Wednesday, November 3, 2010

Free Education? Yes, but Pay for Schooling

The Universal Declaration of Human Rights is a bit of a laugh really, unless you believe that some time Utopia really will happen. Some of the things seem basic, but they make me think. Article 25 (1) declares that Everyone has the right to a standard of living adequate for the health and well-being of himself and of his family, including food, clothing, housing and medical care and necessary social services…’
What I want to know is this, exactly who is it provides you with these rights? And the other thing that I’m puzzled about is where you rank the various rights. Personally I think that free food is much more important than free education. Well I’ll correct that actually, education is free, it’s schooling that isn’t.
Given that 20,000 students marched to Dail Eireann in Dublin protesting the cost of education, I wonder are they educated enough to know what ‘free’ really means? Because free doesn’t mean that it costs nothing. If you don’t pay yourself, somebody else does.
I do think that people who want to enter third level education should have every possible chance to do so, and I’m all for means testing, but given that anything that’s free is not really free, it’s paid by the so called ‘taxpayer’, I just wonder why it seems more important to pay for schooling than it is to pay for food. And bottom line, where do you decide what’s more important?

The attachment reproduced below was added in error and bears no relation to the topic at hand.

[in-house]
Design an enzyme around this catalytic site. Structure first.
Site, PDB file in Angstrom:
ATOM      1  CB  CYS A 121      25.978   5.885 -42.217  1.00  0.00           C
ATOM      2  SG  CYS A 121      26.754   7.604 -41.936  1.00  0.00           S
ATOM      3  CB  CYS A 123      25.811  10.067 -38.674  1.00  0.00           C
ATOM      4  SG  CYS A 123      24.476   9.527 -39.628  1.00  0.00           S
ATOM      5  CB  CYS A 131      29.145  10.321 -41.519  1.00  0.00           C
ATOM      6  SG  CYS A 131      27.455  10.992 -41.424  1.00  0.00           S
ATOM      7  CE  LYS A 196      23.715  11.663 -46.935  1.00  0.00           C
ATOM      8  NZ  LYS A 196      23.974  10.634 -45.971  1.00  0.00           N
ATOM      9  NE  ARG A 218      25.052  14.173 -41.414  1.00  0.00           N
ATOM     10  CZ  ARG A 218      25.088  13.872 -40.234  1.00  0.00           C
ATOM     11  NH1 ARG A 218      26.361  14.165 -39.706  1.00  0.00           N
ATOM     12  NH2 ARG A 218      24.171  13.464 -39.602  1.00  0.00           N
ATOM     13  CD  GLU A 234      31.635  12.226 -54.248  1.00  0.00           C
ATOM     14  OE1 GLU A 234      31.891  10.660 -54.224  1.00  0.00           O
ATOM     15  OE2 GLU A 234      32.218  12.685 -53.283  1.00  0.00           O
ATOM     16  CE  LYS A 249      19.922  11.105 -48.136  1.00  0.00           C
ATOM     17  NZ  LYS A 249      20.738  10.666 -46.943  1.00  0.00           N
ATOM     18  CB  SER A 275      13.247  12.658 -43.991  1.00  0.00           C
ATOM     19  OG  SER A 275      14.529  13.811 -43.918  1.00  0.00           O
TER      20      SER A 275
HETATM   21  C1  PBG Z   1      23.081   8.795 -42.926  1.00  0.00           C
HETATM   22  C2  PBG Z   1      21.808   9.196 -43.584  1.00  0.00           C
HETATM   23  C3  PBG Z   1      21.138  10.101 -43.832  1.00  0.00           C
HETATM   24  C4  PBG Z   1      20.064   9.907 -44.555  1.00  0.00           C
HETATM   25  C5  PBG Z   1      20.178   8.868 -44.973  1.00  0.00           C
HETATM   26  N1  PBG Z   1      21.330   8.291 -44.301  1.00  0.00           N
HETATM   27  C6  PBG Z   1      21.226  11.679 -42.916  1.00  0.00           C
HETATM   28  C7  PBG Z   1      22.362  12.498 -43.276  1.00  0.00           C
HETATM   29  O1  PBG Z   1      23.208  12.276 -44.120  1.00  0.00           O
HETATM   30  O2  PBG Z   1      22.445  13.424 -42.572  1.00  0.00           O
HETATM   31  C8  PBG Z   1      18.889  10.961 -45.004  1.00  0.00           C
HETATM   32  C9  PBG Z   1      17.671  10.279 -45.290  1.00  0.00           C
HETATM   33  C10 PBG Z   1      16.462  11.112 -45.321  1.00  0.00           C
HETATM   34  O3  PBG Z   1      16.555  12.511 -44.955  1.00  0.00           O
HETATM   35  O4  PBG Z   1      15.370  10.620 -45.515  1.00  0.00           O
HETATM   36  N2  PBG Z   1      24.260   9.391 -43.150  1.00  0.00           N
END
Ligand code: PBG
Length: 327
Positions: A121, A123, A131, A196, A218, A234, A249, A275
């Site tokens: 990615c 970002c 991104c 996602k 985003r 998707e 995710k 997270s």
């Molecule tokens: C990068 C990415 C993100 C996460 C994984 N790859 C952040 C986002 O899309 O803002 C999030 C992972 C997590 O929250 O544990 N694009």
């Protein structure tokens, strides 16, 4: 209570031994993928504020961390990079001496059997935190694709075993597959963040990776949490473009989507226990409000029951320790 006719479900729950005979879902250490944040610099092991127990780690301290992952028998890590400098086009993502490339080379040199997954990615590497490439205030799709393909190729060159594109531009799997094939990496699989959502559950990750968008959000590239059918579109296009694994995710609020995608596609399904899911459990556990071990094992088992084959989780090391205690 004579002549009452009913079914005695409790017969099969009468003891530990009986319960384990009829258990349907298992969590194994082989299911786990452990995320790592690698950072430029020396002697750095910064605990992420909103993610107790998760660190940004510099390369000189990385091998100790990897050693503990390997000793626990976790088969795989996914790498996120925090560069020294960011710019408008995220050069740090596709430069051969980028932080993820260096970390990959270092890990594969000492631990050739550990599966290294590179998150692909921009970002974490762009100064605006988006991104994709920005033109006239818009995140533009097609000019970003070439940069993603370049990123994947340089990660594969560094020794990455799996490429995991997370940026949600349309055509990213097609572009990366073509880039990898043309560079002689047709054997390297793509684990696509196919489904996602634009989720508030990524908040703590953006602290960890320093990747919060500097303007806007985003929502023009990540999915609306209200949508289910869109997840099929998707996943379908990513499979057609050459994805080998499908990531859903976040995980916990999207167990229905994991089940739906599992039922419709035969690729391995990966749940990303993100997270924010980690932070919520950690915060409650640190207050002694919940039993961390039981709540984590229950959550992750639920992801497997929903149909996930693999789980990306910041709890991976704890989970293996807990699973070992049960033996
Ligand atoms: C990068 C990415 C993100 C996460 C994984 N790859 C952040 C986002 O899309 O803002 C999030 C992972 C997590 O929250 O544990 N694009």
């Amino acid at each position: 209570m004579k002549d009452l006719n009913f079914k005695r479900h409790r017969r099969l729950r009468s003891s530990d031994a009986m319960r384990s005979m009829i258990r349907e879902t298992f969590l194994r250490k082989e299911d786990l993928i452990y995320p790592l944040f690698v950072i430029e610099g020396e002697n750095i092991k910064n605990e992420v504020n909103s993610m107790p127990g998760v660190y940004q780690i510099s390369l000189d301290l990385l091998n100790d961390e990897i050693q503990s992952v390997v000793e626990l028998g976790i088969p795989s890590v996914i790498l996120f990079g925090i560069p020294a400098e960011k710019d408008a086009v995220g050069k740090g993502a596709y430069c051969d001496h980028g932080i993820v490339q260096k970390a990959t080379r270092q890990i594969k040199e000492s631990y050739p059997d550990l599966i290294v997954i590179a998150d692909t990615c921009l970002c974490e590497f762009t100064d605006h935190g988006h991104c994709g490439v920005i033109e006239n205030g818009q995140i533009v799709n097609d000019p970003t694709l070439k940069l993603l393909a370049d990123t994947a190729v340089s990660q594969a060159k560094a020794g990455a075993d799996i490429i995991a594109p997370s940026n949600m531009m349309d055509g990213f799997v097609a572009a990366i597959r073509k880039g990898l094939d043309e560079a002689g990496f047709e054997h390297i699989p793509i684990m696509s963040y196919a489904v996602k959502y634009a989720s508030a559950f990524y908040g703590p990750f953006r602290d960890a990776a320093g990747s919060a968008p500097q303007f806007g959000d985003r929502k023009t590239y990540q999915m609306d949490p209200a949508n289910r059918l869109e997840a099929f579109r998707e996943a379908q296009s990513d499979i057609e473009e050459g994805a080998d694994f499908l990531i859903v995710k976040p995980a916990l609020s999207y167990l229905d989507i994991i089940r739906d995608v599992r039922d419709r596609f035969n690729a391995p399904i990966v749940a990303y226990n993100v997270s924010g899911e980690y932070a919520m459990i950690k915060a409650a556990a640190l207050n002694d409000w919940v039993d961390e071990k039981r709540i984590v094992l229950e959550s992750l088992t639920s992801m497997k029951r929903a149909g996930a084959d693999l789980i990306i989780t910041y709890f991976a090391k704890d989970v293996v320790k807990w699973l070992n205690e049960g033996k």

Of course there’s the argument that we should be a ‘smart economy’. Does smart mean people with college degrees? Do you have to have a piece of paper and some letters to your name in order to get the country back on its feet again? These days people have started believing that college degrees are almighty, the way they used to believe in the Church and the politicians and the banks before they discovered they’d been taken for a ride. Smart? Beats me. So I thought about marching to the Dail to demand the setting up of free soup kitchens as part of one of my basic human rights. But I’ve always been more the practical type than the revolutionary and seeing that ‘Dail’ is an anagram for ‘Aldi’ I may as well go there instead. 

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